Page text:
The International Standards Organisation (ISO) has provided useful technical standards that can compete with other standards. However, there is increasing international marketing and legislative coercion to comply with its “voluntary consensus standards” for control of employee behaviour. The ISO 9000 series is the prototype social control standard. From it have flowed much more stringent standards such as ISO 17025 which supposedly assures the validity of laboratory measurements, and ISO 15189 for the management of clinical pathology laboratories. These are ISO 9000 with ‘roid rage.
ISO 14000 for the environment and ISO 26000 for social responsibility have also been published. These show an isolated and bizarre view of quality, defined as inspectability, lies behind their conception.
Consumers use factors like brand and reputation to easily and cheaply identify the level of quality they want. Inspectors use their redefinition of quality as justification for enforcing a defined series of bureaucratic rituals which can be expensively inspected. Illustrating this, ISO 26000 has proved unsuitable for accreditation bodies such as the United Kingdom Accreditation Service (UKAS) to monopolise because it contains guidance rather than firm requirements. It is of no use to UKAS because it cannot be used as the basis for inspection.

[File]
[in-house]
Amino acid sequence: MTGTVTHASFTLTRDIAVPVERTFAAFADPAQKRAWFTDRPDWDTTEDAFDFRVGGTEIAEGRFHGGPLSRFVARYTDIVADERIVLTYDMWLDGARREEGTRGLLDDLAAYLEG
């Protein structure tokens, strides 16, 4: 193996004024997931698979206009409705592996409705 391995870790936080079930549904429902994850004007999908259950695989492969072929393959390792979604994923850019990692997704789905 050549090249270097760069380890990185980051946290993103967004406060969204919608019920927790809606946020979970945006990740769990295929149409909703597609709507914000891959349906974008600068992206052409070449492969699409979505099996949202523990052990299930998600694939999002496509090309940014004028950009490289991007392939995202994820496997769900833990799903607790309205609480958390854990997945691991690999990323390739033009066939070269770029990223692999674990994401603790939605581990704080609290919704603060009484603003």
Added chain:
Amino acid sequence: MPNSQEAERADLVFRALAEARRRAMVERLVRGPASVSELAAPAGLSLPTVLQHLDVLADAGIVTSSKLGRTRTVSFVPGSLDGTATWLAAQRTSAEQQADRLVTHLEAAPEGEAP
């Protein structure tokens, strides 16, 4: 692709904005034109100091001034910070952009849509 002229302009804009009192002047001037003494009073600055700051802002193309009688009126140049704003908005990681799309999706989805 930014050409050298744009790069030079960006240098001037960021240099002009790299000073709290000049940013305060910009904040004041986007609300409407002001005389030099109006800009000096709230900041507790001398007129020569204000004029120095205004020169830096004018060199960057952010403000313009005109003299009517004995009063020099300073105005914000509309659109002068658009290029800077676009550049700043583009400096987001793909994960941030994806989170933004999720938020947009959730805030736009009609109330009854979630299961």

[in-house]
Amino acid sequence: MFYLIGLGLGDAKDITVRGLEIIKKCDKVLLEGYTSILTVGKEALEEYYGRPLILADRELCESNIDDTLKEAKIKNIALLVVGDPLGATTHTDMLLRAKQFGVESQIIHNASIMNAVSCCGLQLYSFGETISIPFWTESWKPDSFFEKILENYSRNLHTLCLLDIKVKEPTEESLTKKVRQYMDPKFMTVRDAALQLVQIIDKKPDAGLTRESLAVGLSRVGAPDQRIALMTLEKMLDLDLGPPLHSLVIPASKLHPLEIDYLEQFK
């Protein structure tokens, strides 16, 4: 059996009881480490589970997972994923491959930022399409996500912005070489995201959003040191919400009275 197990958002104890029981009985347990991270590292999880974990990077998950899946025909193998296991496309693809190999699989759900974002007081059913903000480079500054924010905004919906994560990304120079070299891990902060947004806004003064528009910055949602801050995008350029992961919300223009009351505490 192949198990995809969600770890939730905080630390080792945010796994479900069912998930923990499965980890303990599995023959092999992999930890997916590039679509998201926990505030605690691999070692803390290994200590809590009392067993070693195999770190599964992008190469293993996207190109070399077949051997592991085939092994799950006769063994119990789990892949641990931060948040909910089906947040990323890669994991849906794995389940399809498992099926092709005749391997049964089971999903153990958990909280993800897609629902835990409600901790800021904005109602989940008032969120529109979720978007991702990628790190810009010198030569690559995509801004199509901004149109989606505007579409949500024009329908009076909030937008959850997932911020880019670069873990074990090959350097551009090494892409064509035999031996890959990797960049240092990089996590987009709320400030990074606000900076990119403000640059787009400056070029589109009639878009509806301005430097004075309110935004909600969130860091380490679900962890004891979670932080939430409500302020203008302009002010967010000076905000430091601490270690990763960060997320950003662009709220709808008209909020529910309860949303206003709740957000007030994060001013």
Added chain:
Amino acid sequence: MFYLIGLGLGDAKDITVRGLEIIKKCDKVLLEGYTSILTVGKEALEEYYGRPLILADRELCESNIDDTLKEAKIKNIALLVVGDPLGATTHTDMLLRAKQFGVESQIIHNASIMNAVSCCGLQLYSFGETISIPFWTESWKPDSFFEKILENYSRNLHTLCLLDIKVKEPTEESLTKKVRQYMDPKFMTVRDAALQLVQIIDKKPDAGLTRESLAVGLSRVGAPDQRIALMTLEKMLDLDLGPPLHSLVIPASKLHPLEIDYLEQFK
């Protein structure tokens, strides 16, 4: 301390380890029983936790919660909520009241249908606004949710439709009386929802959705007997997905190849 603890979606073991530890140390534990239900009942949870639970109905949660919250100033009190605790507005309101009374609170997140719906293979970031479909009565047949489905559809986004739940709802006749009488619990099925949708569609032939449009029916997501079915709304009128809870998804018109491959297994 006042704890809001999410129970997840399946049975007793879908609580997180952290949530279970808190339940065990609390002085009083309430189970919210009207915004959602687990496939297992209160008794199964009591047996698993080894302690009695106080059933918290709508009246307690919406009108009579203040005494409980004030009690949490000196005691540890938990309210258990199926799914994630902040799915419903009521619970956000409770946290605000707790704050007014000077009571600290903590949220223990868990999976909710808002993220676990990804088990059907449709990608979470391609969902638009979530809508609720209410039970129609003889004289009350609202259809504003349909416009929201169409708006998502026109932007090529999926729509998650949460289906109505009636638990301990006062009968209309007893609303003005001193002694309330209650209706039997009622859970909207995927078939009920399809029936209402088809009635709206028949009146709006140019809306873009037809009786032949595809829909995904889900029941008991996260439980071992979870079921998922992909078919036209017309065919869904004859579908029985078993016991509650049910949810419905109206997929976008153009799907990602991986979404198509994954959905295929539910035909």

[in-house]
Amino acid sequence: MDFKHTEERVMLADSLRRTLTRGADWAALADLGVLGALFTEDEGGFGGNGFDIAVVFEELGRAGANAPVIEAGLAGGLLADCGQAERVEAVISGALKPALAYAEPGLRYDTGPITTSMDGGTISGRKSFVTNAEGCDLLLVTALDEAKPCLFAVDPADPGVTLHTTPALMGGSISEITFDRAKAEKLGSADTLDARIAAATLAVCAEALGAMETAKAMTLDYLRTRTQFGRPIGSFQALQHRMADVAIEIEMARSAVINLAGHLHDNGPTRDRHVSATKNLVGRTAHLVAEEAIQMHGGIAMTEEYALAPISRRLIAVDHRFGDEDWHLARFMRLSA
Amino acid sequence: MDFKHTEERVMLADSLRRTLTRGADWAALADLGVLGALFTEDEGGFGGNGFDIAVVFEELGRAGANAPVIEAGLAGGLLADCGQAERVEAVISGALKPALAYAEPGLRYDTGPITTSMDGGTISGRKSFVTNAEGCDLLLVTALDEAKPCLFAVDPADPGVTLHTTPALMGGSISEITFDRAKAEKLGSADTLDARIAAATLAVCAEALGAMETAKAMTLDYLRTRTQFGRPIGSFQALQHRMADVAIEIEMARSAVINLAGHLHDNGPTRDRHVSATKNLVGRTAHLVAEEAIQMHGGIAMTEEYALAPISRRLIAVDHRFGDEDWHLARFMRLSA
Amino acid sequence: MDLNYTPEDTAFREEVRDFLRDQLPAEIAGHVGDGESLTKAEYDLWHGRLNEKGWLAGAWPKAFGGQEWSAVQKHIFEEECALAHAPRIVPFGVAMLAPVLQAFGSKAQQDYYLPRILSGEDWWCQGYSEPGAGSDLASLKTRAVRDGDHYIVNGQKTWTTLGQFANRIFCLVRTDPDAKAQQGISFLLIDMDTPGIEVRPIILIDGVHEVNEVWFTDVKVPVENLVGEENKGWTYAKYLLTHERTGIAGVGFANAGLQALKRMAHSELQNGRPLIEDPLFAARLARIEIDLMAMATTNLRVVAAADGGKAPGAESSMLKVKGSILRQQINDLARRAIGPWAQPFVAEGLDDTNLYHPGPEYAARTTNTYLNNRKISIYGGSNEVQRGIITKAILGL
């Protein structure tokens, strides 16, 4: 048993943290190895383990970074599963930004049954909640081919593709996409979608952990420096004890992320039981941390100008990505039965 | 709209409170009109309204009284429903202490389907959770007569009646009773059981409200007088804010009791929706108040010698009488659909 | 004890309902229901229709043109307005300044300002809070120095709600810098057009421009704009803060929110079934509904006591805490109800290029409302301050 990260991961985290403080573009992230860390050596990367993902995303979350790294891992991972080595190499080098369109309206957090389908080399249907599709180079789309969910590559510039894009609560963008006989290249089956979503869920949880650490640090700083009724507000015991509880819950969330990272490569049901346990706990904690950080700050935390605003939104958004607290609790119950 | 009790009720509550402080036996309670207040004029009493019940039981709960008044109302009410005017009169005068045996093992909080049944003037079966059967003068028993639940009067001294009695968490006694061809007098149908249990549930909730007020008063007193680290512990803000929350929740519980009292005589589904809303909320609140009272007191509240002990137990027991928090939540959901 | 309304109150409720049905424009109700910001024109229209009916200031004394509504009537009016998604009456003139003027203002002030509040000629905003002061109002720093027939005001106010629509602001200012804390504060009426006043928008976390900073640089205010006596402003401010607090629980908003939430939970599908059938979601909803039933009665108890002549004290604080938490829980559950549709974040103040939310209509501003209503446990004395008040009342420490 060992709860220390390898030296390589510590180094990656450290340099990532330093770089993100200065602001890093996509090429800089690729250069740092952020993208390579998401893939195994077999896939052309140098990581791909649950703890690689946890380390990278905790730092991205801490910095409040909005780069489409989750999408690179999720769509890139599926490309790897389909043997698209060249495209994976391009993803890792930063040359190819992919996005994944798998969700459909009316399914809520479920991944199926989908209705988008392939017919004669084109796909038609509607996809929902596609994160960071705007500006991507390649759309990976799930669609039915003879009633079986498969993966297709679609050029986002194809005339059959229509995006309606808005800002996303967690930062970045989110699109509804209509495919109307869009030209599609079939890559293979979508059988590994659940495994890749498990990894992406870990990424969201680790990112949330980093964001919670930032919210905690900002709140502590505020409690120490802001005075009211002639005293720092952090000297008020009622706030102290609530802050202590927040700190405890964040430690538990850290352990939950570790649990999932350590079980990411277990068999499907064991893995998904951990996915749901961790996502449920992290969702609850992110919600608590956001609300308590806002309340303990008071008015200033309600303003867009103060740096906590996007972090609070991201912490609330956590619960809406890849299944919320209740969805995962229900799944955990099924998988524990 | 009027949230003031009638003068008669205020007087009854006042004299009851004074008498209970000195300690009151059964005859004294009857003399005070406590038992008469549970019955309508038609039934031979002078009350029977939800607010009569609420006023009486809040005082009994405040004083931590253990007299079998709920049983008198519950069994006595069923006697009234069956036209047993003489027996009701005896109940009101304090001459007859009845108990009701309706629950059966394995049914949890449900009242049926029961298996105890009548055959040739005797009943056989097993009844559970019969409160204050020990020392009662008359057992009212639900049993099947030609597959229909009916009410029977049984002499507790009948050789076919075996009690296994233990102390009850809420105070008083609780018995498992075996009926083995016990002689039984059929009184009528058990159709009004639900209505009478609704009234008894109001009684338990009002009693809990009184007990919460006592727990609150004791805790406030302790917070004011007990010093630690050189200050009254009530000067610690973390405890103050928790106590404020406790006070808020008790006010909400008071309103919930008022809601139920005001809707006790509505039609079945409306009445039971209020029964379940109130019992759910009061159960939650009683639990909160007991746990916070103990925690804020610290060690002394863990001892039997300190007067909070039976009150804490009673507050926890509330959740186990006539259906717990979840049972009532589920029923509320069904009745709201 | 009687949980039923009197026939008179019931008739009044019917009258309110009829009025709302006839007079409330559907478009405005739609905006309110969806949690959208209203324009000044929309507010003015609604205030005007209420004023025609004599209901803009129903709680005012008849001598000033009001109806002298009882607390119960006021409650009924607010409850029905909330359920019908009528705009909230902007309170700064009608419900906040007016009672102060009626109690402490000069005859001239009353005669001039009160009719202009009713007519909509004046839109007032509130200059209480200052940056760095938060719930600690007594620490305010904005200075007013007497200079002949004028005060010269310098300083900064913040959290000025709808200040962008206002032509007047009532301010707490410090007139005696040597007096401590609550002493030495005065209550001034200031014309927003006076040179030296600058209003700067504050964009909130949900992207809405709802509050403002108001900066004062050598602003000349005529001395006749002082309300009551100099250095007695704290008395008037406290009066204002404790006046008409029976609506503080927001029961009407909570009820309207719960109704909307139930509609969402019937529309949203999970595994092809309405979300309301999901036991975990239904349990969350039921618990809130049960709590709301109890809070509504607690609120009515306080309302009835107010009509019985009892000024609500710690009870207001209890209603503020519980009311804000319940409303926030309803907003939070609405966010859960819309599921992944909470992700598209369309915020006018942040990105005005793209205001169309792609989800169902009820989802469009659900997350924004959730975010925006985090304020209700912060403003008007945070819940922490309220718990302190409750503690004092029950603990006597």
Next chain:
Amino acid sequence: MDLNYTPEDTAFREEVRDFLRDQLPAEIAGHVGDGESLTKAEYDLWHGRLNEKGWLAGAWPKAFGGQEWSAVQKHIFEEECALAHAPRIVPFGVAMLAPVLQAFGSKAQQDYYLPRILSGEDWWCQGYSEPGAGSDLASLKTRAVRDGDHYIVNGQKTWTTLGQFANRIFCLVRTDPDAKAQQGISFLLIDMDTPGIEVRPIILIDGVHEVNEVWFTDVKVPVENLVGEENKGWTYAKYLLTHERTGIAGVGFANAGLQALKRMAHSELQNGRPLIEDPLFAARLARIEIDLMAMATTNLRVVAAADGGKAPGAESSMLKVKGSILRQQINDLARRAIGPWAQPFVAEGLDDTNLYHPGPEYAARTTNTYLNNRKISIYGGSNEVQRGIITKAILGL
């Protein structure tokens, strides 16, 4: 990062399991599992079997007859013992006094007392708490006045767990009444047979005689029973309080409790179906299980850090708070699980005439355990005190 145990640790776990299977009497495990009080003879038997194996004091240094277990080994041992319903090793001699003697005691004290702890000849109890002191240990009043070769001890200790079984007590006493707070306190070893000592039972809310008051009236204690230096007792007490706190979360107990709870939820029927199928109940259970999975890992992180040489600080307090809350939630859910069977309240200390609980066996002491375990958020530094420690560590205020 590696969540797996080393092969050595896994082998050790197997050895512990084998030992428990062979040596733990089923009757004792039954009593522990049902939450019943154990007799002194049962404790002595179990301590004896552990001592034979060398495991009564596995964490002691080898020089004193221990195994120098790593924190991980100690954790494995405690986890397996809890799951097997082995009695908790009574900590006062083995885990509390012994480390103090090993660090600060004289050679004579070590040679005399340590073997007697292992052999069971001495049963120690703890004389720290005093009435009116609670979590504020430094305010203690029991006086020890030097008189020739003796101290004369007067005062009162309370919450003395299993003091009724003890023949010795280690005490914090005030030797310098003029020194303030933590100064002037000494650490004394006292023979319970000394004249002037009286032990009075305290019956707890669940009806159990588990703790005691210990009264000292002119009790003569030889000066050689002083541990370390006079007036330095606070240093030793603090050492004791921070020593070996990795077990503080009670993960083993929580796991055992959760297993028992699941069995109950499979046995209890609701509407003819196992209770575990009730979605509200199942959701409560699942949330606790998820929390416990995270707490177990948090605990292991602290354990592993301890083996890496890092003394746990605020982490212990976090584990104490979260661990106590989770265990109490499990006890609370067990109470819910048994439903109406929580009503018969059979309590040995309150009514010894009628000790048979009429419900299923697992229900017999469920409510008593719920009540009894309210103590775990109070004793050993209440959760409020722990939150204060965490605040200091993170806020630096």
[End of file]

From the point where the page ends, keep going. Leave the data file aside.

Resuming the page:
The ISO management standards were derived from Anglo-American military specifications. In their day, these were thought to be the best methods to prevent explosions during munitions manufacture and were designed to assure fulfilment of naval contracts from World War II and through the Cold War when industrial relations and new technologies presented major industrial problems. The standards were designed to assure delivery on contracts and the employment of inspectors rather than satisfied customers. They are a relic of scientific management the ISO was persuaded to adopt by the British Standards Institute (BSI).
Effectively, the standards are a codification of Obsessive Compulsive Personality Disorder (OCPD) and tend to transmit this defective thinking to their victims. Failure to recognise the social control standards as distinct from technical standards is a significant factor in the deterioration of working life, a source of unnecessary stress, and a massive waste of resources. The world’s best companies delight customers by controlling quality, not by dictating and recording the minutia of human actions.
These standards have the potential to achieve a degree of human control that other world government organisations have failed to. The problem is broader than overt accreditation by the international quality cartel. Systems related to this philosophy of professional suspicion are arising in many other fields, particularly in healthcare. A framework of totalitarian control is hidden behind a cloak of dreary professional proceduralism. Professionals have permitted this growth by failing to think outside their discipline and to challenge this pathological world view. Those committed to freedom must work for the rejection of such standards and to replace them with personal and professional actions of higher quality.